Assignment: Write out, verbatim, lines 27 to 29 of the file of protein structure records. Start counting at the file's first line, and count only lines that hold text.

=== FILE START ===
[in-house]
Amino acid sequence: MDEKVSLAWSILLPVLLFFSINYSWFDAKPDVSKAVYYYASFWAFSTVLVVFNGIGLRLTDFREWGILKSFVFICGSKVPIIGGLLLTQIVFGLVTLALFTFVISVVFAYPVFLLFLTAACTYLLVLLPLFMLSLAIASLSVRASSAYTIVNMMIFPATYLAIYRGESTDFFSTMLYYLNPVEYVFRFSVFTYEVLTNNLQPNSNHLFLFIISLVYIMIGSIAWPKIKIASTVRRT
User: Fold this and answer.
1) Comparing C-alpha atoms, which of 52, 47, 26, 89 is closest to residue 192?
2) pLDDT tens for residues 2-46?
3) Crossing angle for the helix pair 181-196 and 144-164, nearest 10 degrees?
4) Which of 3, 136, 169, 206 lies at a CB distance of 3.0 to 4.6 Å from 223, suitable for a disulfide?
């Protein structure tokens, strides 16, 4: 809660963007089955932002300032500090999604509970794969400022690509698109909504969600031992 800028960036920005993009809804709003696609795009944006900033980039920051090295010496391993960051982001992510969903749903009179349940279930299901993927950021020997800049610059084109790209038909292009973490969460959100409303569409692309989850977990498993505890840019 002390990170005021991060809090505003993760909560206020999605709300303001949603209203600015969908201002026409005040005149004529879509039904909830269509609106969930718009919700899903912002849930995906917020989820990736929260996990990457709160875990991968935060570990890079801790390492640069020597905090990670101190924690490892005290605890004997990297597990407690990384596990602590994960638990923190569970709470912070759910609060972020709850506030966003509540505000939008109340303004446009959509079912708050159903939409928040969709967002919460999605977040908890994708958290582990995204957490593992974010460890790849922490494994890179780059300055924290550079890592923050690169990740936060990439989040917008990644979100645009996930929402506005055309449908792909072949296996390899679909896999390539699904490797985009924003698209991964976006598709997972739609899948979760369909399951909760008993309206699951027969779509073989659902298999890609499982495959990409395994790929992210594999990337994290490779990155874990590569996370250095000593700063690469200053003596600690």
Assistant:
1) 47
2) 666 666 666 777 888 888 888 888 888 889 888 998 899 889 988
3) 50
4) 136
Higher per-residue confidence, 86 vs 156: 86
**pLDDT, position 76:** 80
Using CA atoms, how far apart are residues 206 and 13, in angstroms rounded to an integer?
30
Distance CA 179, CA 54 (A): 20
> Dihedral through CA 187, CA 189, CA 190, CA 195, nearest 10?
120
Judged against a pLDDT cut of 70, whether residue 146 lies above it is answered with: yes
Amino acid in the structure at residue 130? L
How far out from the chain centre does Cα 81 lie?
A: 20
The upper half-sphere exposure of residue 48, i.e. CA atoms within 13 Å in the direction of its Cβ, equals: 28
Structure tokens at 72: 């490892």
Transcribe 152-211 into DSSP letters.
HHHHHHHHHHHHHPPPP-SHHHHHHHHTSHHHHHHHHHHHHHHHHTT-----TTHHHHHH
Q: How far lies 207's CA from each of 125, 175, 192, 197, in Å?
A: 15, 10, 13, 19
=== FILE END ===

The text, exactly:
Transcribe 152-211 into DSSP letters.
HHHHHHHHHHHHHPPPP-SHHHHHHHHTSHHHHHHHHHHHHHHHHTT-----TTHHHHHH
Q: How far lies 207's CA from each of 125, 175, 192, 197, in Å?